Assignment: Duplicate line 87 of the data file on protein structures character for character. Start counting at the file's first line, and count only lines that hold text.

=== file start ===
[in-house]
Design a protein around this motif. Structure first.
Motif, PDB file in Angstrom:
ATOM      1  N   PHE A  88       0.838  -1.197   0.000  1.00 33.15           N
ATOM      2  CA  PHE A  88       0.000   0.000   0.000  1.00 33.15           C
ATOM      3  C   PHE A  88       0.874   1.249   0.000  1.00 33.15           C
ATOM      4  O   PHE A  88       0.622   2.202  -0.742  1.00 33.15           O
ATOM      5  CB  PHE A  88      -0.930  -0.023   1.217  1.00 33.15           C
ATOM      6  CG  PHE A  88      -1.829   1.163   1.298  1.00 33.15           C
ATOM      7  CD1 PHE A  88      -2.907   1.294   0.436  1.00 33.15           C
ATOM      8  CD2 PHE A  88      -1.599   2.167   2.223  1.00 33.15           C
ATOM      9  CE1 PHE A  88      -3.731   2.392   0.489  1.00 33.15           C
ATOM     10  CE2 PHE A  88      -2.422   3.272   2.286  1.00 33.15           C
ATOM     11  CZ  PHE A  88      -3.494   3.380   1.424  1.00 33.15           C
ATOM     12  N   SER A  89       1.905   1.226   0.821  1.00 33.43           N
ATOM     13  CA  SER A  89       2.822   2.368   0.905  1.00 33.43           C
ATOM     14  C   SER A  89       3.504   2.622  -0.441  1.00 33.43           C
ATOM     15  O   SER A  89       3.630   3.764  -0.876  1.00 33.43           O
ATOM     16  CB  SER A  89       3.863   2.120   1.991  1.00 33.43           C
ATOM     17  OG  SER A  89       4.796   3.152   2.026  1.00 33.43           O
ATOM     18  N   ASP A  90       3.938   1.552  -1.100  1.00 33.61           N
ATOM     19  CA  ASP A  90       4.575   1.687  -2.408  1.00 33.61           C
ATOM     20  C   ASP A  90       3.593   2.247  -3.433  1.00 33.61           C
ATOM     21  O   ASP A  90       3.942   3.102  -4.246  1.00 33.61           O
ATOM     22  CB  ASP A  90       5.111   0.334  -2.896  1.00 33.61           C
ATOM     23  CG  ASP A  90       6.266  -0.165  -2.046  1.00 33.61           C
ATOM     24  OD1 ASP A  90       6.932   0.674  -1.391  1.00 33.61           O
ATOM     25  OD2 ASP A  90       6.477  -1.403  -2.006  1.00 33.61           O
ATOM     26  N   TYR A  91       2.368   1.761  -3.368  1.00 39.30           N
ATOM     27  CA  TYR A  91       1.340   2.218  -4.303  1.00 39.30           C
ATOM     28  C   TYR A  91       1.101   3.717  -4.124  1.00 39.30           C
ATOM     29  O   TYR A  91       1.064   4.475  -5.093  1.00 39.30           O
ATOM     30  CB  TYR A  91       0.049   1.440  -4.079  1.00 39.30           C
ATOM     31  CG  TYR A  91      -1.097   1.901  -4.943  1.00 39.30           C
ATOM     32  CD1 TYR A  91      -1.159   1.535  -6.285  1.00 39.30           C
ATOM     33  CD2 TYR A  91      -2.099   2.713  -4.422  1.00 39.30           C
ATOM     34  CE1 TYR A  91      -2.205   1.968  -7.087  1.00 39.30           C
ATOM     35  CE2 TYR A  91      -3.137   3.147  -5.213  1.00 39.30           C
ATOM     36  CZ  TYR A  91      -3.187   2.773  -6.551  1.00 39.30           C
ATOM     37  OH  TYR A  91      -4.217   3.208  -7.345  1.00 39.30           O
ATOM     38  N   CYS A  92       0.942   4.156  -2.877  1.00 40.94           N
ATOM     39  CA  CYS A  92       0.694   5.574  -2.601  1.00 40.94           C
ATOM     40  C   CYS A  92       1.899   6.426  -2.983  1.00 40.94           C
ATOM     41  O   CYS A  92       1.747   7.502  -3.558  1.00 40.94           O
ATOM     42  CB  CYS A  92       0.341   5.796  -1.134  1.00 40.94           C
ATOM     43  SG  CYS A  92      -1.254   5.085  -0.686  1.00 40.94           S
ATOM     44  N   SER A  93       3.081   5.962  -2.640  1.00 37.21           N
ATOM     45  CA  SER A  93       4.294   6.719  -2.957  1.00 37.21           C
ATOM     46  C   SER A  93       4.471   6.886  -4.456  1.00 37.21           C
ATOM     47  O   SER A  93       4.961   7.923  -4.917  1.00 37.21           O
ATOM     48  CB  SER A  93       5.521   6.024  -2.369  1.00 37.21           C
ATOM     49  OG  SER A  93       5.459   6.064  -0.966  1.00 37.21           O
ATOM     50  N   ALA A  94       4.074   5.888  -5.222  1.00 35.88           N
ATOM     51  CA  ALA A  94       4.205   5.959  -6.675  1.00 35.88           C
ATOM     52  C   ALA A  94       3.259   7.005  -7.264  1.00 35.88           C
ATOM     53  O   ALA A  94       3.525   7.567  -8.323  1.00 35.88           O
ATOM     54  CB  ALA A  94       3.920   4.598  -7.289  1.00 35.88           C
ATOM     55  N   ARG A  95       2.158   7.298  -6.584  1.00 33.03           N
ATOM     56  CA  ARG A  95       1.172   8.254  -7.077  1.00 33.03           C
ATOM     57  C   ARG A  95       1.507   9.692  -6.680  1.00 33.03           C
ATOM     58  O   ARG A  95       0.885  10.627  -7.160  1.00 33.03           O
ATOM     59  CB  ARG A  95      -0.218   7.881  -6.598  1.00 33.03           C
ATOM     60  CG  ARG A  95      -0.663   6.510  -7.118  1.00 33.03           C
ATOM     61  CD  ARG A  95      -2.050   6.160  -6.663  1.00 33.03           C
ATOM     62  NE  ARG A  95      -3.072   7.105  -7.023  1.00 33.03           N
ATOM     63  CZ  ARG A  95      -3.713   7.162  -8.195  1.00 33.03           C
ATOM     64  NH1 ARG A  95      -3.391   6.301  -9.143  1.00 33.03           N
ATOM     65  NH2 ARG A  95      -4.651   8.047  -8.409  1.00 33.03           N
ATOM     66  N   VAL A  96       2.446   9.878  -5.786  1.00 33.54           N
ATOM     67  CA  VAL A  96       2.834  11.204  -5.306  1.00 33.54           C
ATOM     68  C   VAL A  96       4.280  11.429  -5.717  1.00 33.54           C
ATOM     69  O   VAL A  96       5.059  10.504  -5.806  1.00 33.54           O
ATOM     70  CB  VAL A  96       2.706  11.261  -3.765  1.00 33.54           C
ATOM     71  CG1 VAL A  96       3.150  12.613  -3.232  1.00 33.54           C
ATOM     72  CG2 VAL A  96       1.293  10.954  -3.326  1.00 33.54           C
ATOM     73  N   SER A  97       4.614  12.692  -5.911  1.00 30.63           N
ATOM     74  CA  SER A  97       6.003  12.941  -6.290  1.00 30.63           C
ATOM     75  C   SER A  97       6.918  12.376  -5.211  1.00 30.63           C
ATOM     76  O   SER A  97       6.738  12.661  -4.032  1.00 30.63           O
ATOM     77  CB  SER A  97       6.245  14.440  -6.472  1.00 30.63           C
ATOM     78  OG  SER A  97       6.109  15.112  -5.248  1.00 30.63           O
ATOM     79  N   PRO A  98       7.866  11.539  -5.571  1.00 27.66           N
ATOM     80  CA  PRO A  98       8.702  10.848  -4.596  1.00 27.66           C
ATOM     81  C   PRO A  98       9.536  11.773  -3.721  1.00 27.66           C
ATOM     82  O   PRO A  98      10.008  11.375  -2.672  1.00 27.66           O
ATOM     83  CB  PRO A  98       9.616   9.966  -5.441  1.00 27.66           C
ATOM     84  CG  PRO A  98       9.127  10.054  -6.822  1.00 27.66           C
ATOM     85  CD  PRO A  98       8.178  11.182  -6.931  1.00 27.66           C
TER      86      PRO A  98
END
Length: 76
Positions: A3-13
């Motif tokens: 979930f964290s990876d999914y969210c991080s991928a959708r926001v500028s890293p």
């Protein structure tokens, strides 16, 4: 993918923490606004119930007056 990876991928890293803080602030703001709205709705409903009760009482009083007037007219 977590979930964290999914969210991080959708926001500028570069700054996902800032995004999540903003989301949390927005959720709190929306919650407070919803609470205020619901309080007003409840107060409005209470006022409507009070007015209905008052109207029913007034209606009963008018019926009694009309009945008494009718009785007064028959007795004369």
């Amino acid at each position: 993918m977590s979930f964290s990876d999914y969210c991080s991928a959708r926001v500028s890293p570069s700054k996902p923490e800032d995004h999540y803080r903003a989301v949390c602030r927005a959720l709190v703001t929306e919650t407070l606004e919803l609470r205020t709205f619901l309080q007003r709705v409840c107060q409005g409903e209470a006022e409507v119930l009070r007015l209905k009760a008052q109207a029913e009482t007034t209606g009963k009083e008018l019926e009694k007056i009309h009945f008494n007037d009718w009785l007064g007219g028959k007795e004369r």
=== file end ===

ATOM     84  CG  PRO A  98       9.127  10.054  -6.822  1.00 27.66           C